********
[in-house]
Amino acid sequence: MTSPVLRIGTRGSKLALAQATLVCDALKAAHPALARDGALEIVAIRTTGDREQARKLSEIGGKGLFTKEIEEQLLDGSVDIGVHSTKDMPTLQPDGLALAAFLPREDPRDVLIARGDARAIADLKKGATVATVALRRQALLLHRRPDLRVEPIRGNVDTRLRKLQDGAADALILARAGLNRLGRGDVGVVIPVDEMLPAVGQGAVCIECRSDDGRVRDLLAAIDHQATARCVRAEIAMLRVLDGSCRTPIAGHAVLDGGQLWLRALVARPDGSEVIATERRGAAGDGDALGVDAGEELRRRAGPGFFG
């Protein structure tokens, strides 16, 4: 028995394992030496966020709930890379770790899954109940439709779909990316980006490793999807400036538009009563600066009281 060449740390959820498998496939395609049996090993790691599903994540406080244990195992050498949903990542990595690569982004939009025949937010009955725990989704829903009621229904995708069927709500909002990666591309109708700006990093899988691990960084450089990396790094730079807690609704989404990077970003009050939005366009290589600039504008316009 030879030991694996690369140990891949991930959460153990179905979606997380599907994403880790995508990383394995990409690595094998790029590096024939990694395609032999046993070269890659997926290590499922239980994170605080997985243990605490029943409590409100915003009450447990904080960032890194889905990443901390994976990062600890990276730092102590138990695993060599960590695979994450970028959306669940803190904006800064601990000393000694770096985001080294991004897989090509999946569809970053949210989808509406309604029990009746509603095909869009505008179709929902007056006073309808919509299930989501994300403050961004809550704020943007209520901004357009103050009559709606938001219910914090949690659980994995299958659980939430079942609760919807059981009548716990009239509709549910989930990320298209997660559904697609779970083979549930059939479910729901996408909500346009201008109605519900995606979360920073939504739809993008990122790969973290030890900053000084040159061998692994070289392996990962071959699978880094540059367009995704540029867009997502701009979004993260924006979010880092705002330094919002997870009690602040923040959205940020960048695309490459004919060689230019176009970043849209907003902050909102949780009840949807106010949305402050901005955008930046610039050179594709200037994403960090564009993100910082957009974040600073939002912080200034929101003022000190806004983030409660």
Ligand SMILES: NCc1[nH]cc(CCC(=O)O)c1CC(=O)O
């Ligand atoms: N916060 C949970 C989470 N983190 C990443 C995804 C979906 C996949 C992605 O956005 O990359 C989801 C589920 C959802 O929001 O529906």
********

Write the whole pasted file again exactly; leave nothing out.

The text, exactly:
[in-house]
Amino acid sequence: MTSPVLRIGTRGSKLALAQATLVCDALKAAHPALARDGALEIVAIRTTGDREQARKLSEIGGKGLFTKEIEEQLLDGSVDIGVHSTKDMPTLQPDGLALAAFLPREDPRDVLIARGDARAIADLKKGATVATVALRRQALLLHRRPDLRVEPIRGNVDTRLRKLQDGAADALILARAGLNRLGRGDVGVVIPVDEMLPAVGQGAVCIECRSDDGRVRDLLAAIDHQATARCVRAEIAMLRVLDGSCRTPIAGHAVLDGGQLWLRALVARPDGSEVIATERRGAAGDGDALGVDAGEELRRRAGPGFFG
């Protein structure tokens, strides 16, 4: 028995394992030496966020709930890379770790899954109940439709779909990316980006490793999807400036538009009563600066009281 060449740390959820498998496939395609049996090993790691599903994540406080244990195992050498949903990542990595690569982004939009025949937010009955725990989704829903009621229904995708069927709500909002990666591309109708700006990093899988691990960084450089990396790094730079807690609704989404990077970003009050939005366009290589600039504008316009 030879030991694996690369140990891949991930959460153990179905979606997380599907994403880790995508990383394995990409690595094998790029590096024939990694395609032999046993070269890659997926290590499922239980994170605080997985243990605490029943409590409100915003009450447990904080960032890194889905990443901390994976990062600890990276730092102590138990695993060599960590695979994450970028959306669940803190904006800064601990000393000694770096985001080294991004897989090509999946569809970053949210989808509406309604029990009746509603095909869009505008179709929902007056006073309808919509299930989501994300403050961004809550704020943007209520901004357009103050009559709606938001219910914090949690659980994995299958659980939430079942609760919807059981009548716990009239509709549910989930990320298209997660559904697609779970083979549930059939479910729901996408909500346009201008109605519900995606979360920073939504739809993008990122790969973290030890900053000084040159061998692994070289392996990962071959699978880094540059367009995704540029867009997502701009979004993260924006979010880092705002330094919002997870009690602040923040959205940020960048695309490459004919060689230019176009970043849209907003902050909102949780009840949807106010949305402050901005955008930046610039050179594709200037994403960090564009993100910082957009974040600073939002912080200034929101003022000190806004983030409660």
Ligand SMILES: NCc1[nH]cc(CCC(=O)O)c1CC(=O)O
């Ligand atoms: N916060 C949970 C989470 N983190 C990443 C995804 C979906 C996949 C992605 O956005 O990359 C989801 C589920 C959802 O929001 O529906």